Have you ever thought about going to graduate school in Wyoming? Its three nicknames — the Equality State, the Cowboy State and Big Wonderful Wyoming — suggest how it is a special place. At 90,000 square miles, it’s America’s 9th largest state. But with 560,000 residents, or about 6 people per square mile, Wyoming has one of the lowest population densities in North America. The state capital, Cheyenne, has a population of about 60,000.i
A lot of firsts happened in Wyoming. It was the first state to organize a county-wide library system — the Laramie County Public Library System was established in 1886. Many of its other firsts, not surprisingly, are connected with the great outdoors. In 1891, President Benjamin Harrison set aside a lush, mountainous part of northwestern Wyoming as Shoshone National Forest — America’s first nation forest. (Now Wyoming has 9!) In the same forest, the Wapiti Ranger Station was built in 1891, a simple structure made of timber planks that became America’s first ranger station was established in 1891 in Shoshone National Forest. In 1872, Yellowstone National Park was designated the first national park in the world. Finally, in 1906, President Theodore Roosevelt designated Devil’s Tower — that flat-topped mountain famously featured in Close Encounters of the Third Kind — as American’s first national monument. ii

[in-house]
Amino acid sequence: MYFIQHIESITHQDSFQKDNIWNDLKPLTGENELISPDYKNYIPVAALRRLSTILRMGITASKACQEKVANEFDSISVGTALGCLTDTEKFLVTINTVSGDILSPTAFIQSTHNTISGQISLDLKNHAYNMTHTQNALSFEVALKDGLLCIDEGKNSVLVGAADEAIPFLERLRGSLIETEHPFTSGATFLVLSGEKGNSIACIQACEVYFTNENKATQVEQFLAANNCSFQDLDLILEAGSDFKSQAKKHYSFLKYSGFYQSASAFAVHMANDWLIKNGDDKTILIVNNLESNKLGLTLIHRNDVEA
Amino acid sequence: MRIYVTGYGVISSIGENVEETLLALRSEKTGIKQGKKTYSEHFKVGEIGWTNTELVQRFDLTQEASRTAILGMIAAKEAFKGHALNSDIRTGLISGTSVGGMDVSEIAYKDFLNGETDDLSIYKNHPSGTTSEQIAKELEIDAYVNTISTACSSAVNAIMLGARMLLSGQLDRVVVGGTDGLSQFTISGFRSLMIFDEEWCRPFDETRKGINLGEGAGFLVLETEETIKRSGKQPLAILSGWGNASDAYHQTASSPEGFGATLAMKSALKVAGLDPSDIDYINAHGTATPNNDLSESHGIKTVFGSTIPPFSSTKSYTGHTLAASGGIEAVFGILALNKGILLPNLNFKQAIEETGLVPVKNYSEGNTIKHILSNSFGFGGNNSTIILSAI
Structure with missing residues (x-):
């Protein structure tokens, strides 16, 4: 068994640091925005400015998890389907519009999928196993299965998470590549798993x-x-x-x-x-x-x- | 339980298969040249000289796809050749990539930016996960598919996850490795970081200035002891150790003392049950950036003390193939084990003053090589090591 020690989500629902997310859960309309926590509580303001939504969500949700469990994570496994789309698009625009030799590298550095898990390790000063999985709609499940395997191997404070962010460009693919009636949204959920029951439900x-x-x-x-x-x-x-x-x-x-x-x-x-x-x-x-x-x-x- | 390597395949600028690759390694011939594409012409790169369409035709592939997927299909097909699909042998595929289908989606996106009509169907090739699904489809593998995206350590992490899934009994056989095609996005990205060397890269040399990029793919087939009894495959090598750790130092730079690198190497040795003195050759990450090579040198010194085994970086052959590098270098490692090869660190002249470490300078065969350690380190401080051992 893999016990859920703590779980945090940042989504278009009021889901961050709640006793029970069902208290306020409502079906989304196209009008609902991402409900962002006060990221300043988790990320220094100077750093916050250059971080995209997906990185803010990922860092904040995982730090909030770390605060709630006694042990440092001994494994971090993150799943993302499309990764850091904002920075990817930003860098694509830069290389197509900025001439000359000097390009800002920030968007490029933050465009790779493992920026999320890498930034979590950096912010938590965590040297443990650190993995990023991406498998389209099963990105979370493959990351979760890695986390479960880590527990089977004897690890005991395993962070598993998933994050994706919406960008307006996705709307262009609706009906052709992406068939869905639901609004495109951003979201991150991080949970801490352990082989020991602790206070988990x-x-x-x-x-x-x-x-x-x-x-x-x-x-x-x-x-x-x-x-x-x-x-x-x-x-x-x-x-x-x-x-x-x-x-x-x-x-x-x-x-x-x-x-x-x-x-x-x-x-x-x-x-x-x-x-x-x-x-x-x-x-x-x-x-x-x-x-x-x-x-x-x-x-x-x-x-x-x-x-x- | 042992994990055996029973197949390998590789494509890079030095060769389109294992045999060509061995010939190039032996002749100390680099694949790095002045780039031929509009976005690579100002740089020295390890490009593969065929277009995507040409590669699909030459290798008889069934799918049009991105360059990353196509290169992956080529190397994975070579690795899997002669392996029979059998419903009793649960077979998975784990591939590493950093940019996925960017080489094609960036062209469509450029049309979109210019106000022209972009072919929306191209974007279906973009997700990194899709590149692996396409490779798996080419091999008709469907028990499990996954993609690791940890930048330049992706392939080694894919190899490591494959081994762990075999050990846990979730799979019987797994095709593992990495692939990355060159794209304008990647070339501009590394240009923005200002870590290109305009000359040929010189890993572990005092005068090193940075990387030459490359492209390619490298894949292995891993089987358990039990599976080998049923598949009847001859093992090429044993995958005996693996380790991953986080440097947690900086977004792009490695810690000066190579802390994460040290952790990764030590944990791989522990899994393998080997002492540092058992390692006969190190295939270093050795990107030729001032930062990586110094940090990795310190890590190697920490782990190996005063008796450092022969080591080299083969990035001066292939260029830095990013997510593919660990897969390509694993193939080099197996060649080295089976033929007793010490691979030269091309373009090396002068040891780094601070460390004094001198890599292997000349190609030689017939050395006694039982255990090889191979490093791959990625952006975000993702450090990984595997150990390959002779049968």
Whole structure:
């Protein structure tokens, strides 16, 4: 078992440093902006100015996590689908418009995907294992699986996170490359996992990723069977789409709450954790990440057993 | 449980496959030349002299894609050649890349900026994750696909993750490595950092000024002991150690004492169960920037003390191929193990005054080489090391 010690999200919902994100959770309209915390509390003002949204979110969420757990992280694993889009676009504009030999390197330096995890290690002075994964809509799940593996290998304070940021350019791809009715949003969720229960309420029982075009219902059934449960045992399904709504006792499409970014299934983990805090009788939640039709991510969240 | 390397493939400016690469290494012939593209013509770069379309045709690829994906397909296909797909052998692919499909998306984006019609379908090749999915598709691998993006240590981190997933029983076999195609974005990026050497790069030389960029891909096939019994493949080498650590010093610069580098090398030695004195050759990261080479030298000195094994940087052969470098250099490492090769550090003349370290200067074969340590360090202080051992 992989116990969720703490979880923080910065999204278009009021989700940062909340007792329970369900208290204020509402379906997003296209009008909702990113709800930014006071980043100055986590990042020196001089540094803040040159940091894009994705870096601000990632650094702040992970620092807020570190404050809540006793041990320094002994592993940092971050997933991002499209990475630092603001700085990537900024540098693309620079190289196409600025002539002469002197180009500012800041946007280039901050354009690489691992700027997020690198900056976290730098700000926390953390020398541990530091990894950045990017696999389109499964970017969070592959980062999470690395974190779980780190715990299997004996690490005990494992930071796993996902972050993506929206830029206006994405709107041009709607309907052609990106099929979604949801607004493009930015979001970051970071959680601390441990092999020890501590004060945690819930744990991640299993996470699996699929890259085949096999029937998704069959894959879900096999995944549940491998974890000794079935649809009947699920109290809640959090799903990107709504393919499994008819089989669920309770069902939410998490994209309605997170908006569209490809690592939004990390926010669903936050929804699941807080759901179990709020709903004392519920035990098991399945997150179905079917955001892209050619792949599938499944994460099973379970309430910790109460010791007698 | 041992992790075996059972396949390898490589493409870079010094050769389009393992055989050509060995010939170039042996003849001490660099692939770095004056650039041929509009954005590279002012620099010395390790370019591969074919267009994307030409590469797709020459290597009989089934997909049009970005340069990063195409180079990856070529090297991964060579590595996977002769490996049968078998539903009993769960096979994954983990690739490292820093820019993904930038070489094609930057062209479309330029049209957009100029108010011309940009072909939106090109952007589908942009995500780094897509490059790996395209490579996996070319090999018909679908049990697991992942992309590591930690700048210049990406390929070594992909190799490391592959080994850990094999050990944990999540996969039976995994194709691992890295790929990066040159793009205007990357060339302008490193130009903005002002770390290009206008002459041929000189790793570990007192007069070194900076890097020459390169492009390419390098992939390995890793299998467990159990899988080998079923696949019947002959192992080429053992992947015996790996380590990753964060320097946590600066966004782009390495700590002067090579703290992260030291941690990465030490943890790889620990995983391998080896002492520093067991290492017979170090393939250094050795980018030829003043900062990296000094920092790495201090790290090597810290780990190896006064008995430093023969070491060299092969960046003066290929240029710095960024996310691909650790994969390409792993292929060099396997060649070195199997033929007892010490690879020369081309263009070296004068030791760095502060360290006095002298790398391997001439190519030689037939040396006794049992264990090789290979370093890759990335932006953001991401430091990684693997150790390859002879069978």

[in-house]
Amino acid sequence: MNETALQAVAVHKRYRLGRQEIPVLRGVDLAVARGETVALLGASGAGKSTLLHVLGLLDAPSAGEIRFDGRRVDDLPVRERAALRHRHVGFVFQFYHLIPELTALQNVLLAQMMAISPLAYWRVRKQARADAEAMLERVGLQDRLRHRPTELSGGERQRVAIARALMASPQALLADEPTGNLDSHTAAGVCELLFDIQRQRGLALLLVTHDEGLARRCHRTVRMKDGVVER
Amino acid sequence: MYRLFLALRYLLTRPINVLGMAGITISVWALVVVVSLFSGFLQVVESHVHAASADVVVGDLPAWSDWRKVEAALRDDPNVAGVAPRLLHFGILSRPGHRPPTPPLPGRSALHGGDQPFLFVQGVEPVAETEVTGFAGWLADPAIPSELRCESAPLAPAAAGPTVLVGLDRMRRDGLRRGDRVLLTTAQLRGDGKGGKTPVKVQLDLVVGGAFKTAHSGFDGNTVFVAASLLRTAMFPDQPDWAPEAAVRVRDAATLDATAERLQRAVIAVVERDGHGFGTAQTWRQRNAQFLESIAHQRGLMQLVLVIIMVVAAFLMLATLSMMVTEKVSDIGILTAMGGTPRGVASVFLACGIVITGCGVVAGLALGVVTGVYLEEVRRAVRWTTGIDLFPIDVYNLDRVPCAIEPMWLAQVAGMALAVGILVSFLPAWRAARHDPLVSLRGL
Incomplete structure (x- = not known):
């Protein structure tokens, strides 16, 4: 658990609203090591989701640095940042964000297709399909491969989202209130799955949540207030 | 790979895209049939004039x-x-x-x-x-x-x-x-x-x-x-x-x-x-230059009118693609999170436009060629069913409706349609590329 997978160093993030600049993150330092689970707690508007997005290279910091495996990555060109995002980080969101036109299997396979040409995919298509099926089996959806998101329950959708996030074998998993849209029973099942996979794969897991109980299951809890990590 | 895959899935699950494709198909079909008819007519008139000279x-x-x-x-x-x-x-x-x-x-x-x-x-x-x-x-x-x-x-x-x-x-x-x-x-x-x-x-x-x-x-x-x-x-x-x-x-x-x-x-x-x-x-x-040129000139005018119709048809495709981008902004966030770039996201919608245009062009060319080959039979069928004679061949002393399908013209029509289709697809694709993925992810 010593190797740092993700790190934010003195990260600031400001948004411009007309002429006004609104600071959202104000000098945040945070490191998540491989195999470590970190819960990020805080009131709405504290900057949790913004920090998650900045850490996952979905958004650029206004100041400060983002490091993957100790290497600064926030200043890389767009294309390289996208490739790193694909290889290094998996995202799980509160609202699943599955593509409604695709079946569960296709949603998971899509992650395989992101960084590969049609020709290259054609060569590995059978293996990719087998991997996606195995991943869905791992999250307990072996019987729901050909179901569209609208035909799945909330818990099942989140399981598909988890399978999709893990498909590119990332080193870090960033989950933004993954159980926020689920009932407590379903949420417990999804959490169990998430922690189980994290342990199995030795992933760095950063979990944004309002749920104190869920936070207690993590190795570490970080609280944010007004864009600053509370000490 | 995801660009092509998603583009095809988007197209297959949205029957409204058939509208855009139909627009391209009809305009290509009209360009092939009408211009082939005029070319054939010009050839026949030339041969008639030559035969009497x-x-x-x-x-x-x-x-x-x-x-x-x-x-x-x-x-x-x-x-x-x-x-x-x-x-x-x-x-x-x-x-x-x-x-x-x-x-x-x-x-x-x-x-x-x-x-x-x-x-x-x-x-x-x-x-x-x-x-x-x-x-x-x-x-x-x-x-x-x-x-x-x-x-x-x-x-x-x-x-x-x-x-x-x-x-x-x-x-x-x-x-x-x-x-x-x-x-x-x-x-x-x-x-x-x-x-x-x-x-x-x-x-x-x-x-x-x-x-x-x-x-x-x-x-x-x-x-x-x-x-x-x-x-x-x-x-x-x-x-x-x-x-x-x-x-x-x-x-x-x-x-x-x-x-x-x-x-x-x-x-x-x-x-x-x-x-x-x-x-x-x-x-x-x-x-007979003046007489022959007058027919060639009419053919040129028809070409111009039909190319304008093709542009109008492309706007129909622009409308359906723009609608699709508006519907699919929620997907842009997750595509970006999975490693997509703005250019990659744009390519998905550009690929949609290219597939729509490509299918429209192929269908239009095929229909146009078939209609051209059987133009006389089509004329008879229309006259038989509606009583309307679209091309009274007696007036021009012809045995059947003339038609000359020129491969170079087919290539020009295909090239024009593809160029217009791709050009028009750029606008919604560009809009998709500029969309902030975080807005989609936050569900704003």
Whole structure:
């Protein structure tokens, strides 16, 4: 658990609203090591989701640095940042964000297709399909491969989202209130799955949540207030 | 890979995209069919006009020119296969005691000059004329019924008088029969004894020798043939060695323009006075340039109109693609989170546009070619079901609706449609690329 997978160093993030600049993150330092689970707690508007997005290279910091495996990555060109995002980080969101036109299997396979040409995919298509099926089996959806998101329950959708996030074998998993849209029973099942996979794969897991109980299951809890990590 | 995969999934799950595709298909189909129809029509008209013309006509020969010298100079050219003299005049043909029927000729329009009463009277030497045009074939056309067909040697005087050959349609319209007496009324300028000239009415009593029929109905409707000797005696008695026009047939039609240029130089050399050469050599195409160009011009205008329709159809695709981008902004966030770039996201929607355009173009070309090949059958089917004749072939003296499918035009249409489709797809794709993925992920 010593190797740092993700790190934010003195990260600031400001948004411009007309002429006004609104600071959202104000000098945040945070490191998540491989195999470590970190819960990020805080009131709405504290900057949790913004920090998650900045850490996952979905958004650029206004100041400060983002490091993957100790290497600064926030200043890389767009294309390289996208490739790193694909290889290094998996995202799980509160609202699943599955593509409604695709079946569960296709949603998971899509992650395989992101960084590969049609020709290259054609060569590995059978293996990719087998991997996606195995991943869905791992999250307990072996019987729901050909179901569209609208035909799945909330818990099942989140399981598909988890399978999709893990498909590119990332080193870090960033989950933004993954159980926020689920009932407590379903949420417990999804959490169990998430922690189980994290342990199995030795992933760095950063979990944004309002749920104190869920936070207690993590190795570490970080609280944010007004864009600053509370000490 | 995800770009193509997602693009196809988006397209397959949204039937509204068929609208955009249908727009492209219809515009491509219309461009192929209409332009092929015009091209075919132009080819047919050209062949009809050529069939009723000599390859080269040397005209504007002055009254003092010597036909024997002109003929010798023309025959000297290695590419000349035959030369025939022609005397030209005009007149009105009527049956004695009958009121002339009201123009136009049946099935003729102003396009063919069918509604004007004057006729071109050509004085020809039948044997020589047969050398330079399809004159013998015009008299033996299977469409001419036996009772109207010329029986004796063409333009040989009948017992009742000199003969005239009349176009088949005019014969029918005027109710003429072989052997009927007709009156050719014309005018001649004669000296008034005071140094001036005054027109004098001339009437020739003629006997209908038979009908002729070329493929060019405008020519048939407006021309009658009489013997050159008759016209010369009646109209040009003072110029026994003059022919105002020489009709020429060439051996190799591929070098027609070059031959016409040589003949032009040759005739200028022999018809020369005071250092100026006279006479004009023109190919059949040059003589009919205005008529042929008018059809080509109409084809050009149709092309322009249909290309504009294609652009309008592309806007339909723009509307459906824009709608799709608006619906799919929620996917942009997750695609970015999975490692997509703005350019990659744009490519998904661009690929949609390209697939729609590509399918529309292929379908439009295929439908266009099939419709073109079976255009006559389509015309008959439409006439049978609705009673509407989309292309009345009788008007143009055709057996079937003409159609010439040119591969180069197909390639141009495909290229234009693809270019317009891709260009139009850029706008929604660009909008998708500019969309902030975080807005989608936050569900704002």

Rodeo is a hugely popular sport in Wyoming, so much so that the state adopted a silhouette of a cowboy on a bucking horse as its symbol.
On summer Friday nights, you can find a rodeo in many small towns. Every July, the capital hosts the Cheyenne Summer Festival, which draws top professionals from around the country to compete in the world’s largest outdoor rodeo. Another legendary rodeo can be seen in the historic resort town of Jackson Hole.
Wyoming’s history is complex and fascinating. The region was first settled by Native American tribes like the Lakota, Crow, Arapaho and Shoshone. The southwestern part of the state was in the Spanish Empire and then Mexico, until it was lost to the U.S. in the Mexican-American War. The Lewis and Clark Expedition passed through what became Wyoming as the Oregon Trail did later. Wyoming was the first state to enjoy women’s suffrage. In the latter part of the 19th century, competition between ranchers led to range wars. Today, almost half the land in Wyoming is owned by the federal government. Millions of people come every year to experience the rugged beauty of Yellowstone National Park, Grand Teton National Park and of course Devil’s Tower.
If getting a graduate degree in Wyoming sounds enticing, check out the Wyoming graduate programs listed below.